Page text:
WINDSOR — Superintendent Jeffrey A. Villar is leaving his post to lead the nonprofit Connecticut Council for Education Reform.
A week ago, the town received the results of a controversial study that sought to explain why black and Latino students lag behind their white counterparts in achievement in the town’s schools. Villar said it provided lots for parents and school officials to discuss.
The recommendations of the Excellence and Equity Review, Villar said, offer “a lot to digest, a lot to come to agreement on” and that he hoped the community and school board could come together in analyzing the study’s findings.
It’s a discussion in which Villar won’t be participating, now that he’s leaving his $190,000 a year post after 1 1/2 years.
In recent days, Villar spoke of helping to lead the town forward and posted on his blog on the school system’s website that “the time has come to make a change in direction and reshape our institutions. Whether you like it or not, we are all in this together: we all have skin in the game.”
Villar had come under fire from some school board members about the cost and focus of the equity study and the manner in which it was approved.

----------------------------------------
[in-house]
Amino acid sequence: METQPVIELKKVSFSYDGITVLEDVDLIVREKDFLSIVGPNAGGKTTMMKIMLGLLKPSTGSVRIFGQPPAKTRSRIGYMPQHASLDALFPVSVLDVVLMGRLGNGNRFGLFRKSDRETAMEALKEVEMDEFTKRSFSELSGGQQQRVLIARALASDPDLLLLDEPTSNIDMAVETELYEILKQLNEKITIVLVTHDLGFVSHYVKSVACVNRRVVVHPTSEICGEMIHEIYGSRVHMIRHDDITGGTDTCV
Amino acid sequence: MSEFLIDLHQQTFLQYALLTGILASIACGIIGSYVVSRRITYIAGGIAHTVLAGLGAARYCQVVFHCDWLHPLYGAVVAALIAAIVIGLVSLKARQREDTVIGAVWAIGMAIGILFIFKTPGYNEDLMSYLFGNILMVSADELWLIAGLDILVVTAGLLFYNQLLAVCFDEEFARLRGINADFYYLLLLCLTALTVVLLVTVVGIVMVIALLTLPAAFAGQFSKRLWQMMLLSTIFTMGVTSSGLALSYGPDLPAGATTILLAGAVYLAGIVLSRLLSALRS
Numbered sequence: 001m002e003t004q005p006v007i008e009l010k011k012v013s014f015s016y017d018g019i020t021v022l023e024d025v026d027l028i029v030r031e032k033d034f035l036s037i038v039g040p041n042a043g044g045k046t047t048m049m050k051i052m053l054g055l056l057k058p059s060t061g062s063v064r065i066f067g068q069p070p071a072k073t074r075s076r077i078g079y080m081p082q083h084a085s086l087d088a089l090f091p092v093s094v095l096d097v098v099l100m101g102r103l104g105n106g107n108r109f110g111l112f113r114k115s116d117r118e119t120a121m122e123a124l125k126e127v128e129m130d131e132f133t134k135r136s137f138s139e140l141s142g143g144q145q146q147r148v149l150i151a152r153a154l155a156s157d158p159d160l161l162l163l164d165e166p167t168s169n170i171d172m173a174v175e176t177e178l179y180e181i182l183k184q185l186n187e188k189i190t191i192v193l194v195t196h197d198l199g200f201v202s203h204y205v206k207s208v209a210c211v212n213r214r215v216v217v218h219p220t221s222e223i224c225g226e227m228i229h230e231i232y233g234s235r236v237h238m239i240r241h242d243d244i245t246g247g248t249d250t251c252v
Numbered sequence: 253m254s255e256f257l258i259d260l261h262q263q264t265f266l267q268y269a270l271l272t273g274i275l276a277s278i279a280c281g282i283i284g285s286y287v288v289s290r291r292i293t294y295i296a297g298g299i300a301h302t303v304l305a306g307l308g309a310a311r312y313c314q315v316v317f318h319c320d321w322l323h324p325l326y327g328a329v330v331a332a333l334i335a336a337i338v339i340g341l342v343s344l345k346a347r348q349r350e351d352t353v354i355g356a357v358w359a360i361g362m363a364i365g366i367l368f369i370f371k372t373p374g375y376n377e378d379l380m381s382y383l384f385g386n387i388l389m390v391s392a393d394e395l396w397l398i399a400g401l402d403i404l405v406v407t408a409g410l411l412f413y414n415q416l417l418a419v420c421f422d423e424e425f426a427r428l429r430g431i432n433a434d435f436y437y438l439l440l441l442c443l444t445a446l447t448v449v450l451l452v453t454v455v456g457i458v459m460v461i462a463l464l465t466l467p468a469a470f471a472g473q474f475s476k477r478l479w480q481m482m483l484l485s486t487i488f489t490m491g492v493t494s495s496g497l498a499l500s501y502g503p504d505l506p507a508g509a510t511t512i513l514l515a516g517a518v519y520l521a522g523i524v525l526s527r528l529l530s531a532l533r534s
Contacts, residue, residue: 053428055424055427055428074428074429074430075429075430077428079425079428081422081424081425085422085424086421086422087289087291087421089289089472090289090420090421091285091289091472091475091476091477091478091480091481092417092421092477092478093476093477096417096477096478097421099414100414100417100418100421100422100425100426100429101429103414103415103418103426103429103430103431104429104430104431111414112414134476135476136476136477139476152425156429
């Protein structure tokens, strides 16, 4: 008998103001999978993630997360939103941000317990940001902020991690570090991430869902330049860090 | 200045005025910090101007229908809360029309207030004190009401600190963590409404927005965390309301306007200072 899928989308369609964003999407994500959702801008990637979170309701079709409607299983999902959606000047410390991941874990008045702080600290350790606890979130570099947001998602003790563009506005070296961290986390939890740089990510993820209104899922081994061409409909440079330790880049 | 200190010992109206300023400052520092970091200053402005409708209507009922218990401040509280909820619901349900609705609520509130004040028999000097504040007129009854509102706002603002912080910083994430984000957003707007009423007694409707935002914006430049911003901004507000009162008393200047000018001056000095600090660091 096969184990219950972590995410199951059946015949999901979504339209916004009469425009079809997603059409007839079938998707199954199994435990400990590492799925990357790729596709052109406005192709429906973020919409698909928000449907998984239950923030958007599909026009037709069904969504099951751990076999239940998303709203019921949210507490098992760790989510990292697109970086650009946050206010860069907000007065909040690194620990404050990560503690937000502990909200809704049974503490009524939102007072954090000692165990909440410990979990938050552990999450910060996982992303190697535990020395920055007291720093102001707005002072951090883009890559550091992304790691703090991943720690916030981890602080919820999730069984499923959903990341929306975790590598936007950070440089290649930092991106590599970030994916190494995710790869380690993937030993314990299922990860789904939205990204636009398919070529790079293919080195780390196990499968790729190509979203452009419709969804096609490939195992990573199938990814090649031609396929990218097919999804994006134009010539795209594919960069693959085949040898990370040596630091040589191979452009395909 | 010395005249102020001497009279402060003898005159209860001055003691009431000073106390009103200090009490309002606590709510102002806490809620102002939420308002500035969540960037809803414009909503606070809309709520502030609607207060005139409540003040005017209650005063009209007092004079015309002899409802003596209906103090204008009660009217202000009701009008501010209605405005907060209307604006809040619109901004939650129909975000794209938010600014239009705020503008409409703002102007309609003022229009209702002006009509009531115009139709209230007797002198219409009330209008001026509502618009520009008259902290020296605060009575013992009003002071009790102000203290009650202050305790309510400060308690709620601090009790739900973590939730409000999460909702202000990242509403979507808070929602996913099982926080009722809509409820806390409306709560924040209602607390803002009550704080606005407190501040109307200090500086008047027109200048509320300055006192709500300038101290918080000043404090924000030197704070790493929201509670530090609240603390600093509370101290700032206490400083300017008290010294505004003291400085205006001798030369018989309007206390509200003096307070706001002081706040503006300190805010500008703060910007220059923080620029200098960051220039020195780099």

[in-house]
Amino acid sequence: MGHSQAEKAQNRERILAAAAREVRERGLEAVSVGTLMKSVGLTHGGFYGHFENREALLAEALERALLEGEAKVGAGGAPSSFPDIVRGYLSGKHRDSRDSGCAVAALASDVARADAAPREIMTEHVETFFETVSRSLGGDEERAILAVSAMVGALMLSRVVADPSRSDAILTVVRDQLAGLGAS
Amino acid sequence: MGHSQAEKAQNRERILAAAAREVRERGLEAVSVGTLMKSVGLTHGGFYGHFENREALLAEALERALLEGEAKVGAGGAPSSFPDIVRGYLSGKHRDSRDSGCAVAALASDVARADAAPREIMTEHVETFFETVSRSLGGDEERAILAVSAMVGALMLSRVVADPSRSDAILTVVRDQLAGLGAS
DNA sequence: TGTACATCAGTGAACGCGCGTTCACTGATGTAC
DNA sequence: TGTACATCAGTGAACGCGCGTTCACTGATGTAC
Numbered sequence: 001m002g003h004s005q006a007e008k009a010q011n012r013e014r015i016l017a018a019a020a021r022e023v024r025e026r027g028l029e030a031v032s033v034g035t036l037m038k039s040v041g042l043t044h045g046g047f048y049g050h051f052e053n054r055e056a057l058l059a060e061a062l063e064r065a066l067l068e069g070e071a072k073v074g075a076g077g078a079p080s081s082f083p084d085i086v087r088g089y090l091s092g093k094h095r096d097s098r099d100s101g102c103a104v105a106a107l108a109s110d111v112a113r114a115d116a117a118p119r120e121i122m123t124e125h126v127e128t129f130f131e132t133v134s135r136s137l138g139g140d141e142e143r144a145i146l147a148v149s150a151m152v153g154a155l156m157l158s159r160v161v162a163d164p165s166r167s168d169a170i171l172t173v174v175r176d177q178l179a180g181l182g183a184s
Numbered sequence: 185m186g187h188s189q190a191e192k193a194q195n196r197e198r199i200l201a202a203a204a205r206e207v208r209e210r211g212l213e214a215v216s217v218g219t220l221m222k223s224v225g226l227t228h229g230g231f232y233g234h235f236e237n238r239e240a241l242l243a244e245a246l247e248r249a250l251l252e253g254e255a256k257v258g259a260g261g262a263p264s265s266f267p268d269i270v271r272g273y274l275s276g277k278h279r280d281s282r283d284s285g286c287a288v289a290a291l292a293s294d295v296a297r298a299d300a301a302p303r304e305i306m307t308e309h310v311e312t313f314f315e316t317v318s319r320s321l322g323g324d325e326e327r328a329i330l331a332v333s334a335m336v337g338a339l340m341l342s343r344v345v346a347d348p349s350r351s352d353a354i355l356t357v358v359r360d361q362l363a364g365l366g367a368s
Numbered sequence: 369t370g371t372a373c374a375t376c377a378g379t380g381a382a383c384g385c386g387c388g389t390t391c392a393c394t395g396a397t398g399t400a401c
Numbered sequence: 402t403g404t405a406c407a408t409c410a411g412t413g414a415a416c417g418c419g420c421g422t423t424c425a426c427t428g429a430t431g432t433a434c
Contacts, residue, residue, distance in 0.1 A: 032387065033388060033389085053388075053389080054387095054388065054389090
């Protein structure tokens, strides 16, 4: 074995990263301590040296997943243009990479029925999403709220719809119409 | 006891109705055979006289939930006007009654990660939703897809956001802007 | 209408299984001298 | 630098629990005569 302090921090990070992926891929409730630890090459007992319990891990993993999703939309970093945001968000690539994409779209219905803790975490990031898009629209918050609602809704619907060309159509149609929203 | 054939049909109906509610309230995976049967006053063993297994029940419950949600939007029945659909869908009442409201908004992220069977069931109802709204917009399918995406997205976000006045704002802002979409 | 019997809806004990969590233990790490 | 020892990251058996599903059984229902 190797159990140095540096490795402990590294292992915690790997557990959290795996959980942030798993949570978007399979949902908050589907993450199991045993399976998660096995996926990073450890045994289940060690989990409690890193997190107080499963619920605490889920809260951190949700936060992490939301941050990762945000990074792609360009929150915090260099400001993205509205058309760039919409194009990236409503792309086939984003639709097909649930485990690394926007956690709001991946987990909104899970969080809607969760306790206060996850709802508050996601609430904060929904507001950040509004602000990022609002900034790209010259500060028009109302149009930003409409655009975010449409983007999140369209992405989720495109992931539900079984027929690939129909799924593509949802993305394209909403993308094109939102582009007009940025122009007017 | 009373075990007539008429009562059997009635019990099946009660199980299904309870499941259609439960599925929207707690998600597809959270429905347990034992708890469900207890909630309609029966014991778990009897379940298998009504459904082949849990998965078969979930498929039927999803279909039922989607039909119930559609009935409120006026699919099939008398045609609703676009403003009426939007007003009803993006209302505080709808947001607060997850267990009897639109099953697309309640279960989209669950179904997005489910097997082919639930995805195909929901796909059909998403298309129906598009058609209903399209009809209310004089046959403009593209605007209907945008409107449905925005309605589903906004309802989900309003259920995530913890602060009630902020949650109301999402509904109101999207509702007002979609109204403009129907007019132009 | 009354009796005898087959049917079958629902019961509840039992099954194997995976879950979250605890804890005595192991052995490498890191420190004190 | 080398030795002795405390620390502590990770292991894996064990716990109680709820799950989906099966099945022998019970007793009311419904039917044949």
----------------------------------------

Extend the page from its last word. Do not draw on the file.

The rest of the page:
Board of Education President Doreen Richardson called Villar an exceptional leader who set a foundation for the school board to build on in the future.
“His leadership has been incredible,” Richardson said.
Richardson, a Democrat, said that she expected Villar to stay on until the end of October and that the board would begin work to get an interim superintendent with a goal of hiring a permanent successor as quickly as possible.
Republican board member Cristina Santos, who clashed with Villar on a number of issues and filed a complaint with the towns ethics commission over the awarding of a contract to conduct the Equity and Excellence review at the high school, wished him well Monday.
“It sounds like a wonderful opportunity for a change agent like Dr. Villar,” Santos said.
Villar, in a prepared statement, said he’s thrilled about his new job.
“I believe that my passion for education and its reform are directly aligned with the mission of CCER,” he said. “The achievement gap in Connecticut schools is among our state’s most critical public policy issues, and CCER has been in the forefront, supporting critical policy changes to address the issue.”
He also thanked the town for the opportunity to be superintendent. “I wish the community great success in the future,” he said.
In his new job, Villar will work to advance reform policies, defend those already in place, work to raise public awareness and focus on narrowing the achievement gap.